I’m writing this on my patio while eating some leftover pizza (in December!) after a particularly good turn at composting this morning. Based on some reading and good advice from one of my sons-in-law, I am trying the layering technique:
I used my phone for these snapshots, which will probably not wind up on Instagram as that service seems to be for photos of more socially acceptable topics than what I use in my compost layering, thanks to my neighbor’s horse down the street. I even scheduled a time to show up.
Incidentally, while warming up the pizza, I noticed my phone was no longer in my jacket’s pocket. Considering what I had just been working with, this could potentially be mildly unpleasant. So I took Bob’s phone outside to call mine, and I followed the ring tone, (conjuring up images of Jurassic Park 3-The Lost World…)
Yes, there it was, thankfully not Continue reading “Gardener’s Soufflé (in December!)”
My son-in-law steered me to a more user-friendly way of gardening know as Square Foot Gardening—a precise way of designing, planting and growing crops that makes the most efficient use of space as well as seed. In fact, we’re instructed to plant only a few seeds into each particular hole in each particular one-square-foot plot mapped out in the dirt. This helps eliminate the need for pulling up tender shoots when there’s too much crowding for optimal growth (what a waste!), as well as to prevent wasting the seed.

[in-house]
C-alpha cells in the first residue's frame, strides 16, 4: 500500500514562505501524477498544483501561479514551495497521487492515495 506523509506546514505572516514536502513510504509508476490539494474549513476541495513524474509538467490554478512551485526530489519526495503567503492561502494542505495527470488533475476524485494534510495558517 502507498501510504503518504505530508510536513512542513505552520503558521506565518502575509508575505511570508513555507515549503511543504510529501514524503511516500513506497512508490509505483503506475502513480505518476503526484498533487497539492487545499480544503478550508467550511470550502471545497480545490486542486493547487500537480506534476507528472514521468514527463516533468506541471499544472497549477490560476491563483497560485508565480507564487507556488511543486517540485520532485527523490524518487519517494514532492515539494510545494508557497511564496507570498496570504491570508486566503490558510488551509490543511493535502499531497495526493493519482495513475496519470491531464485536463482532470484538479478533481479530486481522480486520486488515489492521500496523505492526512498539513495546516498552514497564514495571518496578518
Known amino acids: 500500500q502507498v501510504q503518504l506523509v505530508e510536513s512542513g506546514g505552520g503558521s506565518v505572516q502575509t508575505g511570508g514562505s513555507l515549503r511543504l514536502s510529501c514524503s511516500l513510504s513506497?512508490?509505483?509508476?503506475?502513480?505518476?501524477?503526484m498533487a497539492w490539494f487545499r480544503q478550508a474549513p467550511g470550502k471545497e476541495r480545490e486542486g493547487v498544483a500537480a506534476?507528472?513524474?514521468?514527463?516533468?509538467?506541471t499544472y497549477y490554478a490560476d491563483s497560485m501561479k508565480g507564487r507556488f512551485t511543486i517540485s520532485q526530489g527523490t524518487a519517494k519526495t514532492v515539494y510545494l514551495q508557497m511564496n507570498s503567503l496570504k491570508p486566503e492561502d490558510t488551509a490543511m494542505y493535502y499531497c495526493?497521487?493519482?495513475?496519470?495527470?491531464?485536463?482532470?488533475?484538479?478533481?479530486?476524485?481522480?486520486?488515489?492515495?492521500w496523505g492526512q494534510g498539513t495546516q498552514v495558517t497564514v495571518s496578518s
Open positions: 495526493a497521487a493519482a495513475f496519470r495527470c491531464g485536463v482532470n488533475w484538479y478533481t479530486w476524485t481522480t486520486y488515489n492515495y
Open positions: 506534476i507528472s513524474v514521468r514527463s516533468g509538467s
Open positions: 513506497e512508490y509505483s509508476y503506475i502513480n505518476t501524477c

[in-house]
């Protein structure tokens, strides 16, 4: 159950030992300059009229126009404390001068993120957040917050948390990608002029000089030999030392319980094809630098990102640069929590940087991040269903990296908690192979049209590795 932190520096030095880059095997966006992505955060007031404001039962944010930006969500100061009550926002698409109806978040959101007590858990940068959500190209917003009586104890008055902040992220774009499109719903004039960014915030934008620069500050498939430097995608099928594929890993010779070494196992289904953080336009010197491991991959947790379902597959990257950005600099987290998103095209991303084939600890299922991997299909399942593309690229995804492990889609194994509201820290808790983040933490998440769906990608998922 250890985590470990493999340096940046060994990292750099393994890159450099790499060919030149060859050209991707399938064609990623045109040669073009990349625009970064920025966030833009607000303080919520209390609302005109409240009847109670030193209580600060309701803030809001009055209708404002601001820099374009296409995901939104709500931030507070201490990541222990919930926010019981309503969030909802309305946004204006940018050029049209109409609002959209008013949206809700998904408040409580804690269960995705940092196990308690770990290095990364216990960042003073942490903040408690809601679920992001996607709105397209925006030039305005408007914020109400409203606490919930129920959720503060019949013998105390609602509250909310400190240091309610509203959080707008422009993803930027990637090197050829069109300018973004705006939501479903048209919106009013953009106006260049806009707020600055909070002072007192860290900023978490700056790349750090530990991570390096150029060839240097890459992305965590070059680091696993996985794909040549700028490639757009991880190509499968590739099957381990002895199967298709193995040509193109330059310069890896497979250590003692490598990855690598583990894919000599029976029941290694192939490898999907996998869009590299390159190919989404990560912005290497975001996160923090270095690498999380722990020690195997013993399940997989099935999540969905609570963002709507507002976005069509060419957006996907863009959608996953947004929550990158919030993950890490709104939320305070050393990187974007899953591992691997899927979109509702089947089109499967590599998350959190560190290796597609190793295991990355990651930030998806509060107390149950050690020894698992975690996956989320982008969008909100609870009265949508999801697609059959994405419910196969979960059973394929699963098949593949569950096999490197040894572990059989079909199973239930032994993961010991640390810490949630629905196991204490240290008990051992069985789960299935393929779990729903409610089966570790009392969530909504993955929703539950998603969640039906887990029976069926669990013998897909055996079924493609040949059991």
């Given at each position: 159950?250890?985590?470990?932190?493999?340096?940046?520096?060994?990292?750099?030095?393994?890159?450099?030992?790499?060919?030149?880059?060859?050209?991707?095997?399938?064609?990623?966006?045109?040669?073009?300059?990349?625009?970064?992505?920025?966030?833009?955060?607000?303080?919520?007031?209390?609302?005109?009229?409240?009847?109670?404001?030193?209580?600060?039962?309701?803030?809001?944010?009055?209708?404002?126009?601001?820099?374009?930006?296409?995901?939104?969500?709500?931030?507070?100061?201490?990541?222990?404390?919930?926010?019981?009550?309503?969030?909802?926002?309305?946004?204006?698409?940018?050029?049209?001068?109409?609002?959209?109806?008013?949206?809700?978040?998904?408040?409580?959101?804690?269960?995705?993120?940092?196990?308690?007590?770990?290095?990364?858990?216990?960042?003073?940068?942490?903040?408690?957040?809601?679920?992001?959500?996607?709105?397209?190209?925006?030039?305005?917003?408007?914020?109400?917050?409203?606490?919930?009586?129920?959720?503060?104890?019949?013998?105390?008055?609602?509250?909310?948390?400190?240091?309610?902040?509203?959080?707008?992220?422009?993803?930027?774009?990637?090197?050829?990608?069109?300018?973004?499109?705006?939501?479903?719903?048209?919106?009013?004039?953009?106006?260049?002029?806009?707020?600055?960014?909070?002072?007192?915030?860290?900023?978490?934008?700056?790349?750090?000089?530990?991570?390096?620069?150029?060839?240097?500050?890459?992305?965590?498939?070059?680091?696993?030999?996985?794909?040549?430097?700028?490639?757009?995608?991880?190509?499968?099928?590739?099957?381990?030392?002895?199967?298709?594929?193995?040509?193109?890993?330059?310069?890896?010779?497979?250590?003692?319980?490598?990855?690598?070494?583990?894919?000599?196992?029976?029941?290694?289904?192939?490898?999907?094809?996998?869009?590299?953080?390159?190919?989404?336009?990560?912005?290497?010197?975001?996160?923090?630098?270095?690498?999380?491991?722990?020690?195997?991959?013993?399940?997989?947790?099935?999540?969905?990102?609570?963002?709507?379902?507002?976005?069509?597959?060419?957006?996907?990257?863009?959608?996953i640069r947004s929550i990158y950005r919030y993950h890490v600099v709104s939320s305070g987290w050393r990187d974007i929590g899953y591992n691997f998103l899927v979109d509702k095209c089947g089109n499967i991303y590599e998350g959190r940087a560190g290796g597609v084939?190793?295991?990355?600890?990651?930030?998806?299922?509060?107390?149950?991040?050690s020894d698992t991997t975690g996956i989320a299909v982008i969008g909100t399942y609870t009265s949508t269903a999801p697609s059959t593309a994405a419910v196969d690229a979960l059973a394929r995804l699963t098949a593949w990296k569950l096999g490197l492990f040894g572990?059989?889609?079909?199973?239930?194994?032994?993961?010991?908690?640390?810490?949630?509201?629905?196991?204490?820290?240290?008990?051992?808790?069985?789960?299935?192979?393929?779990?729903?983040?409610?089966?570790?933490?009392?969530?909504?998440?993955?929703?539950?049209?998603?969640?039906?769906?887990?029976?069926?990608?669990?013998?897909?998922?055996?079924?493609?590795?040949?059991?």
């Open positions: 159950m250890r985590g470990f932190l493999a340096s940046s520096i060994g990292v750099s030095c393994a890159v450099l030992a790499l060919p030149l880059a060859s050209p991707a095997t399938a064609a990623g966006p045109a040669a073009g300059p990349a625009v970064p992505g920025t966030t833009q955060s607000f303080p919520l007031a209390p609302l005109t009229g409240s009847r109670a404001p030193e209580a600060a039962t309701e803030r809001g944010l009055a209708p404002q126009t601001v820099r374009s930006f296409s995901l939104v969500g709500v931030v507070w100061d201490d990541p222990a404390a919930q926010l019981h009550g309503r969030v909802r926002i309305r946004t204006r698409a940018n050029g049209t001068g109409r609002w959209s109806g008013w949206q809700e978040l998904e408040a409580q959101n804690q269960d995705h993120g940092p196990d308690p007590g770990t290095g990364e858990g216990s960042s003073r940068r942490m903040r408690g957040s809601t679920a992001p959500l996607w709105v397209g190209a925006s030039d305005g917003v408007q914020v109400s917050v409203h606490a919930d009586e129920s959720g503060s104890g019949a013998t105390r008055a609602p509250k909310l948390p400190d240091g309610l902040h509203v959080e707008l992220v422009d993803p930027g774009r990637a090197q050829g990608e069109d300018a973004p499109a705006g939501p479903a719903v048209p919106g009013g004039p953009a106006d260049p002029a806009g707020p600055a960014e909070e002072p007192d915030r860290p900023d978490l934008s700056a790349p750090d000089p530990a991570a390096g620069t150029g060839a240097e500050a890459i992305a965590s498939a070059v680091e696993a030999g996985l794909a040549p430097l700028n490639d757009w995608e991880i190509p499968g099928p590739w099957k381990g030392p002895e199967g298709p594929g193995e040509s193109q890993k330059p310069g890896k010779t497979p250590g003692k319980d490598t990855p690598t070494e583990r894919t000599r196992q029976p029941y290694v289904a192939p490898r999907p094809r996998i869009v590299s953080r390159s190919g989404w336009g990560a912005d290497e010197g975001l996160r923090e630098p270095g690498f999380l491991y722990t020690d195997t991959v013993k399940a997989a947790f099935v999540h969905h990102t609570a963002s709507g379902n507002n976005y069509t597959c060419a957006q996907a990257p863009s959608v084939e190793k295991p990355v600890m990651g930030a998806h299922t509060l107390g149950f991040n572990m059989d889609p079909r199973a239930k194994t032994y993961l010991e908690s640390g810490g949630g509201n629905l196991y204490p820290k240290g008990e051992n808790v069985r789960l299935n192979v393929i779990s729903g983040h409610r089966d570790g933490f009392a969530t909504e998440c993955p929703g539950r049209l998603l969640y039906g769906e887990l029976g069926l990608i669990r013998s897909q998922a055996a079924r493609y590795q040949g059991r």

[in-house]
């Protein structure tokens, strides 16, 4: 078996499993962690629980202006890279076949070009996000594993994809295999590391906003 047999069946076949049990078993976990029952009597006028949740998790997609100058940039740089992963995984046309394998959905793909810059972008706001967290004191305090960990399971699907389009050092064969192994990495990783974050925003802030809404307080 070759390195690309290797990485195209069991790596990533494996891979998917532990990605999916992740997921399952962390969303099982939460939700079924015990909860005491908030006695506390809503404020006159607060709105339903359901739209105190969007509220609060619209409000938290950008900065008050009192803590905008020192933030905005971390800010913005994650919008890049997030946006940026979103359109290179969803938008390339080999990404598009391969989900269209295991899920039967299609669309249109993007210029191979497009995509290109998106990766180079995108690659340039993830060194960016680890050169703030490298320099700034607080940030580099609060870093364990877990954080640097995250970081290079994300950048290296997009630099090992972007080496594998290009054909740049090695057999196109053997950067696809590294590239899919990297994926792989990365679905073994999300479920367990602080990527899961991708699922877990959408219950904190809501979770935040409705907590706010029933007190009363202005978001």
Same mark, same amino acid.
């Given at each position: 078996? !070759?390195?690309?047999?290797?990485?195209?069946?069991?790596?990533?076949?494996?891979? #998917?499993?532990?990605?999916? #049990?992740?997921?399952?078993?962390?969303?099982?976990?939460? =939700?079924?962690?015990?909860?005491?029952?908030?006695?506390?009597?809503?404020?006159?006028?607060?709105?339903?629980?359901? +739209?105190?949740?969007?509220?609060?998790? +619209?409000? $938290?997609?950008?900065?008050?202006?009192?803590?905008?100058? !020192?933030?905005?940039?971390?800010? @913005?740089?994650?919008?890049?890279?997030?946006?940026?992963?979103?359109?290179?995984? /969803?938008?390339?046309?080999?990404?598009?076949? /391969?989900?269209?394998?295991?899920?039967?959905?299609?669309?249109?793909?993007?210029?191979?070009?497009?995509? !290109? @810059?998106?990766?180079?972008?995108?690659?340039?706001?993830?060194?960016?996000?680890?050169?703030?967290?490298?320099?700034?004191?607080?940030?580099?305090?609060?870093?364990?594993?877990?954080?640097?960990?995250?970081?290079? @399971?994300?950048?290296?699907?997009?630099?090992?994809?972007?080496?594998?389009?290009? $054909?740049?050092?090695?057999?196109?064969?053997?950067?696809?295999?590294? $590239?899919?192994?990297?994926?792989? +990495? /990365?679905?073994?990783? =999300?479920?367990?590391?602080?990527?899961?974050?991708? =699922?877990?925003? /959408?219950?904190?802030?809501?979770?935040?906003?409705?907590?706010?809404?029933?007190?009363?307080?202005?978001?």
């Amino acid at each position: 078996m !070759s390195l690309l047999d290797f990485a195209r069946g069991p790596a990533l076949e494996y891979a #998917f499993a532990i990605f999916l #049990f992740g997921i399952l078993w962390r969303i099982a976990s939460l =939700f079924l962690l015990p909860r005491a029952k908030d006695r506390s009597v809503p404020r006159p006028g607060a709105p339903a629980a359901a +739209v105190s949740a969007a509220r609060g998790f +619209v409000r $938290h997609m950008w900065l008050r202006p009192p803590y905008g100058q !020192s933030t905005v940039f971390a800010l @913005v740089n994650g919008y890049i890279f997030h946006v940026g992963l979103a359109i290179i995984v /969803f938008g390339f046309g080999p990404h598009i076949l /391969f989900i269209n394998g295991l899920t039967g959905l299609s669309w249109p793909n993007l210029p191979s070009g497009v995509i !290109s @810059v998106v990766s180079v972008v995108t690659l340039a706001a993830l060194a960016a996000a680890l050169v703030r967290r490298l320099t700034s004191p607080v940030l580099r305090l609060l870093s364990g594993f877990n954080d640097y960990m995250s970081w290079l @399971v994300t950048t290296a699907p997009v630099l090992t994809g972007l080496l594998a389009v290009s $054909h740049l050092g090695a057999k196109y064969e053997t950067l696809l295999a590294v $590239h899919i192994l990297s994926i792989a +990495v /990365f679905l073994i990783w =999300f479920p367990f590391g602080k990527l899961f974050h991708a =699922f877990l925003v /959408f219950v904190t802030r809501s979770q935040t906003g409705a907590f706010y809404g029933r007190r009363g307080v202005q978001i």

It all sounds quite logical. So, naturally, I bought the book, and I’m waiting to put it to use.
That was several years ago.
Evidently, they didn’t use that method back in Jesus’ day either, to hear Continue reading “Efficient planting, or not.”
This spring I put in a new garden. I’ve already blogged somewhere about it, so I’ll spare the details, but to say it’s back-breaking work (fine, I’ll admit it—especially for this aging back) is without question. I’ve done it, however, with the hopeful expectation of an improved harvest.
If I’ve learned one thing living in America’s Heartland, it’s that farmers are possibly some of THE hardest working individuals on the planet. Their hands are not soft, and the ball caps on their heads are not nice and clean. During harvest, they work dawn to dusk (sometimes beyond that), and it takes not only Continue reading “Don’t bother washing the hat”